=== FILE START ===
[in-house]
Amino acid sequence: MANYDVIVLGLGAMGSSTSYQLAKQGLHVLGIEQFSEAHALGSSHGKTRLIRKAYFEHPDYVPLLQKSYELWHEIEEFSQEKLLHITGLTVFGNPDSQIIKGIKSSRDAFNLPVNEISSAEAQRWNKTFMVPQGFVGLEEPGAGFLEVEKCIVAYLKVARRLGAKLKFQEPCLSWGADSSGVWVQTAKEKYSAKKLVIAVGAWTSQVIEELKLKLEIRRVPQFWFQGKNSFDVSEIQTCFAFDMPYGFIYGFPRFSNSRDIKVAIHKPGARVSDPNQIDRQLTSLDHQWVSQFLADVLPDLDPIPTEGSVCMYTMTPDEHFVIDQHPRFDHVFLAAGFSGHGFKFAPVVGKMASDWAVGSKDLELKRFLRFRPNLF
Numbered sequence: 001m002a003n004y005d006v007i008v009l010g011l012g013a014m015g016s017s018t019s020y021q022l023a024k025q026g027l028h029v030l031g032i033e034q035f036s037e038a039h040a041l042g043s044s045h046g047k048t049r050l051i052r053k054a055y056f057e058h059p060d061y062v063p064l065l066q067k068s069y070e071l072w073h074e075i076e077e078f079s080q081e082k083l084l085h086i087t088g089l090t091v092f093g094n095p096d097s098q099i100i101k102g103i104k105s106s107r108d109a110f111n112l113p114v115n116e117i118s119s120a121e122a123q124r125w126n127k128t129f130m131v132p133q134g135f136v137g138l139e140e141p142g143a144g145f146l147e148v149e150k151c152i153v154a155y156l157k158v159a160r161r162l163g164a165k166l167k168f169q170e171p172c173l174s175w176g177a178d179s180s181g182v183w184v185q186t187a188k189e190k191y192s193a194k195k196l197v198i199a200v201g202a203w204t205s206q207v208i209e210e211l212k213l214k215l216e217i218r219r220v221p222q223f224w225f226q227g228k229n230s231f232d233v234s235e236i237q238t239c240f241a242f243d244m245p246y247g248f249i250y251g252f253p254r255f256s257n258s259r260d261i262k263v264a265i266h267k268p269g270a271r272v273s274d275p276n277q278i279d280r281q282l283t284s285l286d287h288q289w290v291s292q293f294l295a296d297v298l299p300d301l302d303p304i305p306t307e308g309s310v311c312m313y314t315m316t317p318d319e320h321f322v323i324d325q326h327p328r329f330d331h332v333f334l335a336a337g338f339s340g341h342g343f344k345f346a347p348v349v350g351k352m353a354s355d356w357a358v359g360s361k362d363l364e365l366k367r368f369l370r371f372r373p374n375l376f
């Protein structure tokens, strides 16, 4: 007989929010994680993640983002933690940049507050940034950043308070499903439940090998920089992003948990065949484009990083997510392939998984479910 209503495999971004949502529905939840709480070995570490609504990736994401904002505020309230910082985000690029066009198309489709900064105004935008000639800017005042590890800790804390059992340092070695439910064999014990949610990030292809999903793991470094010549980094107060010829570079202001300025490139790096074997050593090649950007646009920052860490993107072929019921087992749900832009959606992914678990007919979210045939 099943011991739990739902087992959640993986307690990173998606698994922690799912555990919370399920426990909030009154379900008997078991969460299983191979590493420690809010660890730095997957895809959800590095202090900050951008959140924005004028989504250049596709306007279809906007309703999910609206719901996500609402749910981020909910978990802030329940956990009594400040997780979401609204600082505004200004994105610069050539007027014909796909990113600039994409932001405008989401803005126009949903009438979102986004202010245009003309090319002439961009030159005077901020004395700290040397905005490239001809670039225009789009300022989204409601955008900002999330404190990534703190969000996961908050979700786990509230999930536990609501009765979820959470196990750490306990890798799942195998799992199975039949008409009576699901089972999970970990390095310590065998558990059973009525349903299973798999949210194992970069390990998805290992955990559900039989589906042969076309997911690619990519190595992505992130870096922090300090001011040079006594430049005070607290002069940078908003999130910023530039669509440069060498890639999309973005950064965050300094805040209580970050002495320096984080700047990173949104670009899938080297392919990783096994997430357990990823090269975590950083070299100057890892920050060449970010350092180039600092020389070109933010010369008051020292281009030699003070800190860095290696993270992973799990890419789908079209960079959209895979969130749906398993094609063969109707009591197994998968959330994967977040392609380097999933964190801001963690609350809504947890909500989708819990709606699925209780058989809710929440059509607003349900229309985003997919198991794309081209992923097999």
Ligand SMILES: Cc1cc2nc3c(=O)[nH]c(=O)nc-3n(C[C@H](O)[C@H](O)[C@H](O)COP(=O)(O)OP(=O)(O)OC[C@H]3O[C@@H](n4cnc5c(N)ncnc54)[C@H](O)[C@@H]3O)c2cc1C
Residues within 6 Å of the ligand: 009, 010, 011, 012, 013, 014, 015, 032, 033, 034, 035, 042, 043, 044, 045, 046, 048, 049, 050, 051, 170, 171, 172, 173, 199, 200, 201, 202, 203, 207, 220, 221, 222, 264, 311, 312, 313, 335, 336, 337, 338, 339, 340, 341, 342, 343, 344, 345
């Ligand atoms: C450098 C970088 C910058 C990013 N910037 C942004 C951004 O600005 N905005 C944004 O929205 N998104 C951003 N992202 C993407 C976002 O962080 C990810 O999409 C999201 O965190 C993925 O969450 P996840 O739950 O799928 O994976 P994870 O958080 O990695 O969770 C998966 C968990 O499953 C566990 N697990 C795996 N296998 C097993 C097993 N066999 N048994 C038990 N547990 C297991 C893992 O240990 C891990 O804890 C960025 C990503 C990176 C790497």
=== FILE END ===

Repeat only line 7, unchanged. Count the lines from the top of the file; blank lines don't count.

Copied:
């Ligand atoms: C450098 C970088 C910058 C990013 N910037 C942004 C951004 O600005 N905005 C944004 O929205 N998104 C951003 N992202 C993407 C976002 O962080 C990810 O999409 C999201 O965190 C993925 O969450 P996840 O739950 O799928 O994976 P994870 O958080 O990695 O969770 C998966 C968990 O499953 C566990 N697990 C795996 N296998 C097993 C097993 N066999 N048994 C038990 N547990 C297991 C893992 O240990 C891990 O804890 C960025 C990503 C990176 C790497």